It is worth noting, that due to the architecture of the NXOS a a fully virtualised core, that if FCoE doesn’t gain acceptance, then Cisco can just remove it from the software. The software will still be a monster Ethernet switch platform and Cisco will only lose the investment in FCoE not the entire platform.
Penetrating the Server Farms
Still this represents a major shift for Cisco, which has struggled to make its presence felt in the Storage space (although they claim to have 50% of the space that VSAN space that MDS occupies). Since SAN are largely the preserve of the server teams, Cisco – as a network company – may have difficulty gaining mindshare. I note that Intel has put a lot of weight into FCoE, so Cisco is not alone here.
Early Upgrades – how many ?
The first versions of the Nexus 7000 have a capacity of 230Gbps per slot, but the total slot performance is an order of magnitude larger than that. Logically this means that Supervisor and Line Card upgrades are going to be part of the lifecycle to reach to higher performance.
This isn’t new. People who purchased the first Catalyst 6000 units have had eight or nine upgrade cycles to reach the maximum capacity of the chassis. In 1999, the first Supervisor 1 supported switching only and had a 32 gigabit per second shared backplane. It took a few years before we had the fabric switching modules and routing supervisors (using feature cards) and five or six years until we got to the 20 Gbps per slot capacity that we have today, and the first high speed modules were really expensive.
The most important fact that I remember, was the first two or three years was an endless cycle of upgrades to get the basic features that I wanted. As an old (not bold) engineer, I am wary of entering this cycle again.
Missing Features – so many….
There are so many features missing in the product. MPLS is one the biggest, you need to look really carefully to realise that the current version does almost nothing but switching and the most basic routing. Once you realise this, you can only position the NX7000 as either a high speed ethernet switch in your data center core for terminating 10GE, or as an access switch for servers that are using 10GE where, hopefully, you might even be using FCoE. Spending several hundred thousand dollars on an access switch is going to be difficult.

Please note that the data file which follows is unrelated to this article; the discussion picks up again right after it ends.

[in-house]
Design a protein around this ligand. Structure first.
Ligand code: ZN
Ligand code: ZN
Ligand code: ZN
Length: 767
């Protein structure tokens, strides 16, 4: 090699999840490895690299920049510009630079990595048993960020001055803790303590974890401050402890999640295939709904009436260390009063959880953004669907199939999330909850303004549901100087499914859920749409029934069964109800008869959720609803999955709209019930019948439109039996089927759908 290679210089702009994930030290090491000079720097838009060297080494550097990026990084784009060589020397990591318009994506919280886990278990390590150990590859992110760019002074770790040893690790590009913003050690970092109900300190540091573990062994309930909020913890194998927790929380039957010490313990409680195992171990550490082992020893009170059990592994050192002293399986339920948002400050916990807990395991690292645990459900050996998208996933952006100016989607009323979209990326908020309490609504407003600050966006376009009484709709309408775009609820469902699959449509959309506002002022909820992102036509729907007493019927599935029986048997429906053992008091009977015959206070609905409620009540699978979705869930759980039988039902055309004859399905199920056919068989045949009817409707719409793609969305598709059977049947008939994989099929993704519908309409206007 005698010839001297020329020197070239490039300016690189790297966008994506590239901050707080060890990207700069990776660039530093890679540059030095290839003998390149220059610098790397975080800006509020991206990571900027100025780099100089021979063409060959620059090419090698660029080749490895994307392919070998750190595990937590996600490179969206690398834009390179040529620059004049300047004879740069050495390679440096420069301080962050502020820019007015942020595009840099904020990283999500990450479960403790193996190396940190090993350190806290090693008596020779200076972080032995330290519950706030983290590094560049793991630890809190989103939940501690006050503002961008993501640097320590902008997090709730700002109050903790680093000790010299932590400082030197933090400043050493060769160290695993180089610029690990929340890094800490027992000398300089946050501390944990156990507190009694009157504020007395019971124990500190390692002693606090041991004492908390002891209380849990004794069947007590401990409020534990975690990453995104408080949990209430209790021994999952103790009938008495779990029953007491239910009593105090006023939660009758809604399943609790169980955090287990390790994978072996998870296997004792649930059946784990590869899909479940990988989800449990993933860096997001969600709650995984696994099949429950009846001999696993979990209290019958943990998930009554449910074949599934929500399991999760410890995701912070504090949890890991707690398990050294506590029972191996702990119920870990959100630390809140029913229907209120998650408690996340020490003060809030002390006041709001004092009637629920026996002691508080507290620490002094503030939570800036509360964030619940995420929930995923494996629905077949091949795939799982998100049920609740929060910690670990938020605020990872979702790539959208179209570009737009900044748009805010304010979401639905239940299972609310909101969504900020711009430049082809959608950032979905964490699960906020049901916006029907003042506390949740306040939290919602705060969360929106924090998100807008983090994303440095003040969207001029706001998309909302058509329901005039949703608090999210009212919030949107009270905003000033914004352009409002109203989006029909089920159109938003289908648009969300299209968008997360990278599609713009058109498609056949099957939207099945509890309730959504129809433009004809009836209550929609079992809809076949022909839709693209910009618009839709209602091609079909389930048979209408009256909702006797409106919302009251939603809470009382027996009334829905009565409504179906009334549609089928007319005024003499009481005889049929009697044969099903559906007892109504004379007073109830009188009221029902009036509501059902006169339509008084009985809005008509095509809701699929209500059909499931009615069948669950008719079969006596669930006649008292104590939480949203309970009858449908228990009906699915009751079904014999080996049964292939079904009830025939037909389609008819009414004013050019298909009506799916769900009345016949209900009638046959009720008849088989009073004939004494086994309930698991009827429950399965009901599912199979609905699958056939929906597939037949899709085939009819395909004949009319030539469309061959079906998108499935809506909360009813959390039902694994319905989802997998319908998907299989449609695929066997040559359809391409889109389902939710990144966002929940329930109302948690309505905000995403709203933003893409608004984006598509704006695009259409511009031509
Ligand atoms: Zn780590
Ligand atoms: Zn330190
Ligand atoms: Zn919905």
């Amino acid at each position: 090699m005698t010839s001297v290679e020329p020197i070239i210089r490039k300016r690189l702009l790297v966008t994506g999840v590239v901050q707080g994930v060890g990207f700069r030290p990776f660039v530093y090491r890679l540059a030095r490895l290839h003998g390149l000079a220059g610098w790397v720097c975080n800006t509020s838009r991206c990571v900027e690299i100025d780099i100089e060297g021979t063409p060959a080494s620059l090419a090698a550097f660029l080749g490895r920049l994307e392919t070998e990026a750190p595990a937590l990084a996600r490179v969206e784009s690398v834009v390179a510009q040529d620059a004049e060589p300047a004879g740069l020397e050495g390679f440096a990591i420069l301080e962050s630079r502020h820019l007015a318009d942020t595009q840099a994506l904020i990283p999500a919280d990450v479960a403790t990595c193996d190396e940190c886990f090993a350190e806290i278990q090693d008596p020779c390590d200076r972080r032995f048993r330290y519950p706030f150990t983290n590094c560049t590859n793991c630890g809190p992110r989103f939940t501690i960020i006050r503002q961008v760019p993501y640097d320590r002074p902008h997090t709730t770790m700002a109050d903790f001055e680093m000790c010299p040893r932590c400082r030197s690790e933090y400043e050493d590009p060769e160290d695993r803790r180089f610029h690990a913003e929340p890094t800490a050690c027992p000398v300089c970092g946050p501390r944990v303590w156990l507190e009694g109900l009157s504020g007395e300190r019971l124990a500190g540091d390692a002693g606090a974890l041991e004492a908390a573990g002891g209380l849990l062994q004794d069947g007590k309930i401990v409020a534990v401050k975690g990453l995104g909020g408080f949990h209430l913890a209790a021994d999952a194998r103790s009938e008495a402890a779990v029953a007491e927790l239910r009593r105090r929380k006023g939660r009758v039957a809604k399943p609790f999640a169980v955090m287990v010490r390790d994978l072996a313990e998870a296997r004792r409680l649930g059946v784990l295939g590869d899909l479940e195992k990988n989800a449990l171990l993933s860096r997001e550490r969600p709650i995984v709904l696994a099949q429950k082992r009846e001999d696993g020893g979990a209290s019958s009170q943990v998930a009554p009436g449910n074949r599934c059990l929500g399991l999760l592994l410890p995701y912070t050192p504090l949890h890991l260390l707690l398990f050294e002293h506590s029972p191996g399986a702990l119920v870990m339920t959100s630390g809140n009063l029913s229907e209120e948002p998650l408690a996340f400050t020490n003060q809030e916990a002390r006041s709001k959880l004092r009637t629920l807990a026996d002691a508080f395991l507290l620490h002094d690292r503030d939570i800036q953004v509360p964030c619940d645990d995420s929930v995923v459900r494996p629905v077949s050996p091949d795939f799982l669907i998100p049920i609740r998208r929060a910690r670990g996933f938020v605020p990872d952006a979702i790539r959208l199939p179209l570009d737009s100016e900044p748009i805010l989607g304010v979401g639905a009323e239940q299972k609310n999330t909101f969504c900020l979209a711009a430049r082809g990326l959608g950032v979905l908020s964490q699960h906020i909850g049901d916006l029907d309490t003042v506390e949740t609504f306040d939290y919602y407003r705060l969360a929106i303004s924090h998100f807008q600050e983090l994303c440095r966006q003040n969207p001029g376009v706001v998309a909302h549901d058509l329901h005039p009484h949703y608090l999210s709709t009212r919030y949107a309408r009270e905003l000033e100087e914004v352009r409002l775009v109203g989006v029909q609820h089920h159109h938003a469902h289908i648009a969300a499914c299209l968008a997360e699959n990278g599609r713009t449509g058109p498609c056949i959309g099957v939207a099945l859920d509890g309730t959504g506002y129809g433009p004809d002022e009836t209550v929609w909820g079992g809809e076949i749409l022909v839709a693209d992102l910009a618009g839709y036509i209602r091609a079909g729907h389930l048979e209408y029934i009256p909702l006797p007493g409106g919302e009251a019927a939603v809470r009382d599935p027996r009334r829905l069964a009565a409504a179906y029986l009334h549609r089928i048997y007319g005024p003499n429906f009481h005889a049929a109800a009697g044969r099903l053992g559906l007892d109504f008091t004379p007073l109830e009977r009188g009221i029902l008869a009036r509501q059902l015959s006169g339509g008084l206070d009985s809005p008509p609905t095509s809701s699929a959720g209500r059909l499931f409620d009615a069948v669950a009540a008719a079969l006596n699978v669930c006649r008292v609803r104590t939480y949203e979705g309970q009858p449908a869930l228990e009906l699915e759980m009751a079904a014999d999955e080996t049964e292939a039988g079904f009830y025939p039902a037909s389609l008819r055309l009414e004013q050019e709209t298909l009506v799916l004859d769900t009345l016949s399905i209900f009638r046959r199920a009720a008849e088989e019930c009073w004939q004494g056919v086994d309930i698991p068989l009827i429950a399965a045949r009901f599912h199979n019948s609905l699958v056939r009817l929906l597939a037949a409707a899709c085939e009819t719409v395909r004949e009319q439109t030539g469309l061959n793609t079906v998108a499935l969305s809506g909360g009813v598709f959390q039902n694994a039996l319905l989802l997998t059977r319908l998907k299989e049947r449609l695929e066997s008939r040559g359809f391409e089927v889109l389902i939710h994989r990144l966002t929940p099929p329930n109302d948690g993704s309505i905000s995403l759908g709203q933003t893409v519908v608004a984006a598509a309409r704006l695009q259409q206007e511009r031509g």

Splash the Marketplace
If you accept my previous comments, then I believe has Cisco released the NX7000 following reasons:
- to head off the entry of other 10GE vendors such as Juniper, Woven and Foundry to their customers. ( This also will scare off further venture capital funding on 10GE )
- to put the product into the design pipeline of corporates and service providers, in the expectation that deployment will probably start in two to three years, by which time the features have been delivered.
- to show commitment to FCoE and provide marketing impetus. Some customers will assume that if Cisco does it, its going to be big (and most likely they will be right).
- to shake up the storage marketplace, and get the customers asking the Storage companies to release FCoE products, with approvals!
- because the C6500 is showing grey hairs. The recent VSS upgrades don’t improve performance, just extend the life of the current solution. More upgrades!
- Fiber channel adapters and switches consume extravagant amounts of power( a big weak point). By laying out the FCoE commitment, funding for new hardware programs on FC for power reduction will be less likely.
It is probably too early for most of us to rush out and procure the Nexus 7000, it costs too much, it needs time for management tools to mature, and it isn’t a ‘must have’ right now. I suspect Cisco is marking out territory to prevent competition. I am unconvinced the FCoE will change the world, and concerned that many features are missing.
I think the product needs quite some time to mature before I will be ready to take the plunge.